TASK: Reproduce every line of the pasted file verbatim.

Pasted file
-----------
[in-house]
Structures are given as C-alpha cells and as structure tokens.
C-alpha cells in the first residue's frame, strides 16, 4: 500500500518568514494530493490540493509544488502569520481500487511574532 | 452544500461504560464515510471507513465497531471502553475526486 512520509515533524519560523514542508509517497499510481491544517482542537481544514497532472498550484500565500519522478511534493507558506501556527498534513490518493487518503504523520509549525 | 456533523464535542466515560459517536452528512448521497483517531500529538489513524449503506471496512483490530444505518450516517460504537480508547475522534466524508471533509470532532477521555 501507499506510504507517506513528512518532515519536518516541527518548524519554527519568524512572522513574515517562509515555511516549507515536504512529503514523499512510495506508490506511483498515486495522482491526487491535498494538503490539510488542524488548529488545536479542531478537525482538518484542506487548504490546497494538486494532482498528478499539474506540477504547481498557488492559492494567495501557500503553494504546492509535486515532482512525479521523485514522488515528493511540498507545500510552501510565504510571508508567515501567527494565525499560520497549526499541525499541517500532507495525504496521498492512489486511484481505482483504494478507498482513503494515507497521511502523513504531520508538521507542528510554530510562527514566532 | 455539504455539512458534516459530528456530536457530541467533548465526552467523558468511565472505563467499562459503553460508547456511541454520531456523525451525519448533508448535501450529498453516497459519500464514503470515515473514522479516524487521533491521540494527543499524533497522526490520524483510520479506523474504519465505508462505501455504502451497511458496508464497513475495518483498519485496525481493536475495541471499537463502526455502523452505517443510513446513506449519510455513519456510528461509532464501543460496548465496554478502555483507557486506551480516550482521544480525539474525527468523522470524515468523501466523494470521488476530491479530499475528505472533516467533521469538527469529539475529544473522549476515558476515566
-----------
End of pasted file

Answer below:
[in-house]
Structures are given as C-alpha cells and as structure tokens.
C-alpha cells in the first residue's frame, strides 16, 4: 500500500518568514494530493490540493509544488502569520481500487511574532 | 452544500461504560464515510471507513465497531471502553475526486 512520509515533524519560523514542508509517497499510481491544517482542537481544514497532472498550484500565500519522478511534493507558506501556527498534513490518493487518503504523520509549525 | 456533523464535542466515560459517536452528512448521497483517531500529538489513524449503506471496512483490530444505518450516517460504537480508547475522534466524508471533509470532532477521555 501507499506510504507517506513528512518532515519536518516541527518548524519554527519568524512572522513574515517562509515555511516549507515536504512529503514523499512510495506508490506511483498515486495522482491526487491535498494538503490539510488542524488548529488545536479542531478537525482538518484542506487548504490546497494538486494532482498528478499539474506540477504547481498557488492559492494567495501557500503553494504546492509535486515532482512525479521523485514522488515528493511540498507545500510552501510565504510571508508567515501567527494565525499560520497549526499541525499541517500532507495525504496521498492512489486511484481505482483504494478507498482513503494515507497521511502523513504531520508538521507542528510554530510562527514566532 | 455539504455539512458534516459530528456530536457530541467533548465526552467523558468511565472505563467499562459503553460508547456511541454520531456523525451525519448533508448535501450529498453516497459519500464514503470515515473514522479516524487521533491521540494527543499524533497522526490520524483510520479506523474504519465505508462505501455504502451497511458496508464497513475495518483498519485496525481493536475495541471499537463502526455502523452505517443510513446513506449519510455513519456510528461509532464501543460496548465496554478502555483507557486506551480516550482521544480525539474525527468523522470524515468523501466523494470521488476530491479530499475528505472533516467533521469538527469529539475529544473522549476515558476515566